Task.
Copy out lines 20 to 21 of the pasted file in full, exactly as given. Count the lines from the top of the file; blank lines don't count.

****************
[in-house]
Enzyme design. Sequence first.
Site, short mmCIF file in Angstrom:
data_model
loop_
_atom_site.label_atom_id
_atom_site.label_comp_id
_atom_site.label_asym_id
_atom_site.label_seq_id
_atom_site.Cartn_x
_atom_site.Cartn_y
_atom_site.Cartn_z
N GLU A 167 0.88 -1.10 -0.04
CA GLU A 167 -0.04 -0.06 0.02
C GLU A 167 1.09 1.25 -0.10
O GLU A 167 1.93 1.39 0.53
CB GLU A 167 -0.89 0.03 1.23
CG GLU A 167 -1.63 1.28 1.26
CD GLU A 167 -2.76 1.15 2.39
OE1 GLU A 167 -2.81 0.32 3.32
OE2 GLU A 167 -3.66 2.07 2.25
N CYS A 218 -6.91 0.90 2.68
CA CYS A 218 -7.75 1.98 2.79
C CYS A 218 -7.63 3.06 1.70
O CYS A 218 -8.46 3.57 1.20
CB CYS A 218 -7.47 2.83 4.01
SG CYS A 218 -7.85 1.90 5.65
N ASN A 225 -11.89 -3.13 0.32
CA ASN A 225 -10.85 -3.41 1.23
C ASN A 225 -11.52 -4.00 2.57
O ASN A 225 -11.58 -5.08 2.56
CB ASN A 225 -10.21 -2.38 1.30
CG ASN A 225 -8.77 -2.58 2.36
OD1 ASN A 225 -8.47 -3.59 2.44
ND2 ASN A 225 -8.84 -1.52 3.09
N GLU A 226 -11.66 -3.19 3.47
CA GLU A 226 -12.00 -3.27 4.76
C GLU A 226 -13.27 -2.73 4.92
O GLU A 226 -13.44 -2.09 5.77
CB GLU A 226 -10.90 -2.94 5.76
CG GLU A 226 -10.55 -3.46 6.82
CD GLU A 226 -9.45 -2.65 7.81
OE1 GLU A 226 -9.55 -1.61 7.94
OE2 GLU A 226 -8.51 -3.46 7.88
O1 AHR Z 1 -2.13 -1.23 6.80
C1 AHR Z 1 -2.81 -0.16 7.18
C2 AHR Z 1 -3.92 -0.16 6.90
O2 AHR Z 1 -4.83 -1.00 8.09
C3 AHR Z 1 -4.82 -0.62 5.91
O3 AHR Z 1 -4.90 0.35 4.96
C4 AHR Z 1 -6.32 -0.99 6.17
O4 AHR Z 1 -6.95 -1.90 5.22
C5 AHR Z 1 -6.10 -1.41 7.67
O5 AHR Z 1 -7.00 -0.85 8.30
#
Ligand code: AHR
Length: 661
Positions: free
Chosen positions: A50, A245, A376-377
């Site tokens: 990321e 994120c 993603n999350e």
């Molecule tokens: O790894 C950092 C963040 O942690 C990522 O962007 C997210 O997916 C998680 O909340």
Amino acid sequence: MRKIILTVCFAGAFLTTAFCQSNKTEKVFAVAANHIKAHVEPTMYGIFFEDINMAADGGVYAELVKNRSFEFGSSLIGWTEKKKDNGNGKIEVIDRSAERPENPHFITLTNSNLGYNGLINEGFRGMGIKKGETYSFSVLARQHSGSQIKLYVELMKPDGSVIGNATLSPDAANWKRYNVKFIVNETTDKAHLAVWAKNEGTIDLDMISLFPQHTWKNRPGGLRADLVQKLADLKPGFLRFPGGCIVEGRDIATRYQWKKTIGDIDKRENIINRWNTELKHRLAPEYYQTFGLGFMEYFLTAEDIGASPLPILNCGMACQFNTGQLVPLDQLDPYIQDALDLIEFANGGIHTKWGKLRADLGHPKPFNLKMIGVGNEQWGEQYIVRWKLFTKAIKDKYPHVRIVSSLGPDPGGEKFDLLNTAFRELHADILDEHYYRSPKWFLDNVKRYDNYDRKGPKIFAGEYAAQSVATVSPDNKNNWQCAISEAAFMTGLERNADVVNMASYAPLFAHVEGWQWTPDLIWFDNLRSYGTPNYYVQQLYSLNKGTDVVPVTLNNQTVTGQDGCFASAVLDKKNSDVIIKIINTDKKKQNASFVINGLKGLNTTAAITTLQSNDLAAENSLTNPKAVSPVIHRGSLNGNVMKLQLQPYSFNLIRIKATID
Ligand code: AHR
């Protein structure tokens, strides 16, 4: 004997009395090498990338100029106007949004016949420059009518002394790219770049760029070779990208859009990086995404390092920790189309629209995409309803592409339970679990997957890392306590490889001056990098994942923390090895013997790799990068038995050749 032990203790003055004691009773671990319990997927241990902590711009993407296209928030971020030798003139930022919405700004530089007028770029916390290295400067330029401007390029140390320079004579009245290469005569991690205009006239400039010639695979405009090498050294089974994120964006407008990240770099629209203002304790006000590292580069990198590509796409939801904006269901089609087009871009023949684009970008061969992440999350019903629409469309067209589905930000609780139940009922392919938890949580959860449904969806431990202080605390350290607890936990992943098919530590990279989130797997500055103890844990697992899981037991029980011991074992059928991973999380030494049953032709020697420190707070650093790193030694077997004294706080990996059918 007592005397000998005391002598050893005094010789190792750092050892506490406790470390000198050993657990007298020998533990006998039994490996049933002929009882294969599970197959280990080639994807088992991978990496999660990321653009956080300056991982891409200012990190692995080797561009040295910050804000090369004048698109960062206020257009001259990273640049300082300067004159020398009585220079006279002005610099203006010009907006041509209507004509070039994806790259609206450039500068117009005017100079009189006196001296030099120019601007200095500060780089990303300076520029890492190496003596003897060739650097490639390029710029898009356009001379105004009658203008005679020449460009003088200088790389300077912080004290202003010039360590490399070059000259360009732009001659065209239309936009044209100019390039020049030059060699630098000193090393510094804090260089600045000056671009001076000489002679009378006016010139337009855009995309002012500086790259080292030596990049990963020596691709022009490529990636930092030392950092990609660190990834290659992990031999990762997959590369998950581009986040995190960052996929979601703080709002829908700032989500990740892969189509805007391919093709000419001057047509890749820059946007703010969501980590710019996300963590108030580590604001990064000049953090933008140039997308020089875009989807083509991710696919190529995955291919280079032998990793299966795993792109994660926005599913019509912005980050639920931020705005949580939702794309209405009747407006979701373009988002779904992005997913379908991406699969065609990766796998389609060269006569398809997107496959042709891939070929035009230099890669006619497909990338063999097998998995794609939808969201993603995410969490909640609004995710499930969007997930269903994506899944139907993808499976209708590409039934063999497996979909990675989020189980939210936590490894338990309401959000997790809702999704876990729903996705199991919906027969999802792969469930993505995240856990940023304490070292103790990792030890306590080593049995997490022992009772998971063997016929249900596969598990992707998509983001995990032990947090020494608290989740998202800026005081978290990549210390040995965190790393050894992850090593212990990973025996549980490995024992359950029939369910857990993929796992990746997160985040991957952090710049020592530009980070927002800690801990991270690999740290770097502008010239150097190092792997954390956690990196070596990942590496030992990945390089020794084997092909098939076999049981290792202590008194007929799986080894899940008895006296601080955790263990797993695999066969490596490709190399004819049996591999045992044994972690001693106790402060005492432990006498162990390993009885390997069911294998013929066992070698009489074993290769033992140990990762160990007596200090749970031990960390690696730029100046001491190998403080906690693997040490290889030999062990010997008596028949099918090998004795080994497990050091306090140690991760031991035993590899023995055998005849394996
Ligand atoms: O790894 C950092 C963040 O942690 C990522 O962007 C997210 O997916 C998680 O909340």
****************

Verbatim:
OE1 GLU A 167 -2.81 0.32 3.32
OE2 GLU A 167 -3.66 2.07 2.25